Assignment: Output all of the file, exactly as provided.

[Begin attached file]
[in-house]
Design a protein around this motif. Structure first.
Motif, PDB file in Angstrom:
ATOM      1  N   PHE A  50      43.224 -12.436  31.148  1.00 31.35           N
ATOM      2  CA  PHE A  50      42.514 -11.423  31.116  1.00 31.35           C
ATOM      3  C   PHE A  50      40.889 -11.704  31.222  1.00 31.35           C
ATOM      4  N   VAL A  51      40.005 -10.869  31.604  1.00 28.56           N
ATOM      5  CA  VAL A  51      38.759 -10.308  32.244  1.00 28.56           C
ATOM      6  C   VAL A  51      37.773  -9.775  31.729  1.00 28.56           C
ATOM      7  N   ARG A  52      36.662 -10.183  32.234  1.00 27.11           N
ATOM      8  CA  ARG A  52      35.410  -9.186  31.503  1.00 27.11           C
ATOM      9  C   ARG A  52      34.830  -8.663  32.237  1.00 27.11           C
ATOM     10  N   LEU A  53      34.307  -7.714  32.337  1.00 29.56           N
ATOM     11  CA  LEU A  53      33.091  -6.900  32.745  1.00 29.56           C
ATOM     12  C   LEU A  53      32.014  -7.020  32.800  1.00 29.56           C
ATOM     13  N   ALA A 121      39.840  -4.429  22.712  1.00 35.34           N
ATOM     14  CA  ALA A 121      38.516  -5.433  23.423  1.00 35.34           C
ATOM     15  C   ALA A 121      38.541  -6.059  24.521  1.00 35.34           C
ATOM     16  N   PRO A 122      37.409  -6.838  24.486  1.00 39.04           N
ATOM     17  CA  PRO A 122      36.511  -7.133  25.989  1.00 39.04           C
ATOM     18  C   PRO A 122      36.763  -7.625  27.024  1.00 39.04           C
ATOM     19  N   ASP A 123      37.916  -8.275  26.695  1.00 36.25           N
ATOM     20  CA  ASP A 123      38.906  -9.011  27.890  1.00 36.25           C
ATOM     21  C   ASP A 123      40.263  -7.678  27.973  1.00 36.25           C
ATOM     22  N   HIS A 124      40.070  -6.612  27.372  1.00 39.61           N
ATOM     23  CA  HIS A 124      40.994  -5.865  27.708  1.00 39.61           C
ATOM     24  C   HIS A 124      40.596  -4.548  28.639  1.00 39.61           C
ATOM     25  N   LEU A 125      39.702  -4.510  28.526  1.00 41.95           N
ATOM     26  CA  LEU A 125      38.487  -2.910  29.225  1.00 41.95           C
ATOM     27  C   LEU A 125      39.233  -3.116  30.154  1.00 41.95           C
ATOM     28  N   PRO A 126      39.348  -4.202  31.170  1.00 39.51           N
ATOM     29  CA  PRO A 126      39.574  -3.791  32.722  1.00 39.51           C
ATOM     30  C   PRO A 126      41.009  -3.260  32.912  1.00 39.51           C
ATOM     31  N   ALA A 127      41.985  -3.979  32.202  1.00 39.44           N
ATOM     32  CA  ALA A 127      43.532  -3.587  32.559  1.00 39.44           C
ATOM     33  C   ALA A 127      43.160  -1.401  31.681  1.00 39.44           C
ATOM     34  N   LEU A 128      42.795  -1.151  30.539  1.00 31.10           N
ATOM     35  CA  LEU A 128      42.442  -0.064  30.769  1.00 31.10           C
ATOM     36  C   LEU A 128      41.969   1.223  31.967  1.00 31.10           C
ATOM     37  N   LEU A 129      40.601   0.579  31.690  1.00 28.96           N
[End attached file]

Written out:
[in-house]
Design a protein around this motif. Structure first.
Motif, PDB file in Angstrom:
ATOM      1  N   PHE A  50      43.224 -12.436  31.148  1.00 31.35           N
ATOM      2  CA  PHE A  50      42.514 -11.423  31.116  1.00 31.35           C
ATOM      3  C   PHE A  50      40.889 -11.704  31.222  1.00 31.35           C
ATOM      4  N   VAL A  51      40.005 -10.869  31.604  1.00 28.56           N
ATOM      5  CA  VAL A  51      38.759 -10.308  32.244  1.00 28.56           C
ATOM      6  C   VAL A  51      37.773  -9.775  31.729  1.00 28.56           C
ATOM      7  N   ARG A  52      36.662 -10.183  32.234  1.00 27.11           N
ATOM      8  CA  ARG A  52      35.410  -9.186  31.503  1.00 27.11           C
ATOM      9  C   ARG A  52      34.830  -8.663  32.237  1.00 27.11           C
ATOM     10  N   LEU A  53      34.307  -7.714  32.337  1.00 29.56           N
ATOM     11  CA  LEU A  53      33.091  -6.900  32.745  1.00 29.56           C
ATOM     12  C   LEU A  53      32.014  -7.020  32.800  1.00 29.56           C
ATOM     13  N   ALA A 121      39.840  -4.429  22.712  1.00 35.34           N
ATOM     14  CA  ALA A 121      38.516  -5.433  23.423  1.00 35.34           C
ATOM     15  C   ALA A 121      38.541  -6.059  24.521  1.00 35.34           C
ATOM     16  N   PRO A 122      37.409  -6.838  24.486  1.00 39.04           N
ATOM     17  CA  PRO A 122      36.511  -7.133  25.989  1.00 39.04           C
ATOM     18  C   PRO A 122      36.763  -7.625  27.024  1.00 39.04           C
ATOM     19  N   ASP A 123      37.916  -8.275  26.695  1.00 36.25           N
ATOM     20  CA  ASP A 123      38.906  -9.011  27.890  1.00 36.25           C
ATOM     21  C   ASP A 123      40.263  -7.678  27.973  1.00 36.25           C
ATOM     22  N   HIS A 124      40.070  -6.612  27.372  1.00 39.61           N
ATOM     23  CA  HIS A 124      40.994  -5.865  27.708  1.00 39.61           C
ATOM     24  C   HIS A 124      40.596  -4.548  28.639  1.00 39.61           C
ATOM     25  N   LEU A 125      39.702  -4.510  28.526  1.00 41.95           N
ATOM     26  CA  LEU A 125      38.487  -2.910  29.225  1.00 41.95           C
ATOM     27  C   LEU A 125      39.233  -3.116  30.154  1.00 41.95           C
ATOM     28  N   PRO A 126      39.348  -4.202  31.170  1.00 39.51           N
ATOM     29  CA  PRO A 126      39.574  -3.791  32.722  1.00 39.51           C
ATOM     30  C   PRO A 126      41.009  -3.260  32.912  1.00 39.51           C
ATOM     31  N   ALA A 127      41.985  -3.979  32.202  1.00 39.44           N
ATOM     32  CA  ALA A 127      43.532  -3.587  32.559  1.00 39.44           C
ATOM     33  C   ALA A 127      43.160  -1.401  31.681  1.00 39.44           C
ATOM     34  N   LEU A 128      42.795  -1.151  30.539  1.00 31.10           N
ATOM     35  CA  LEU A 128      42.442  -0.064  30.769  1.00 31.10           C
ATOM     36  C   LEU A 128      41.969   1.223  31.967  1.00 31.10           C
ATOM     37  N   LEU A 129      40.601   0.579  31.690  1.00 28.96           N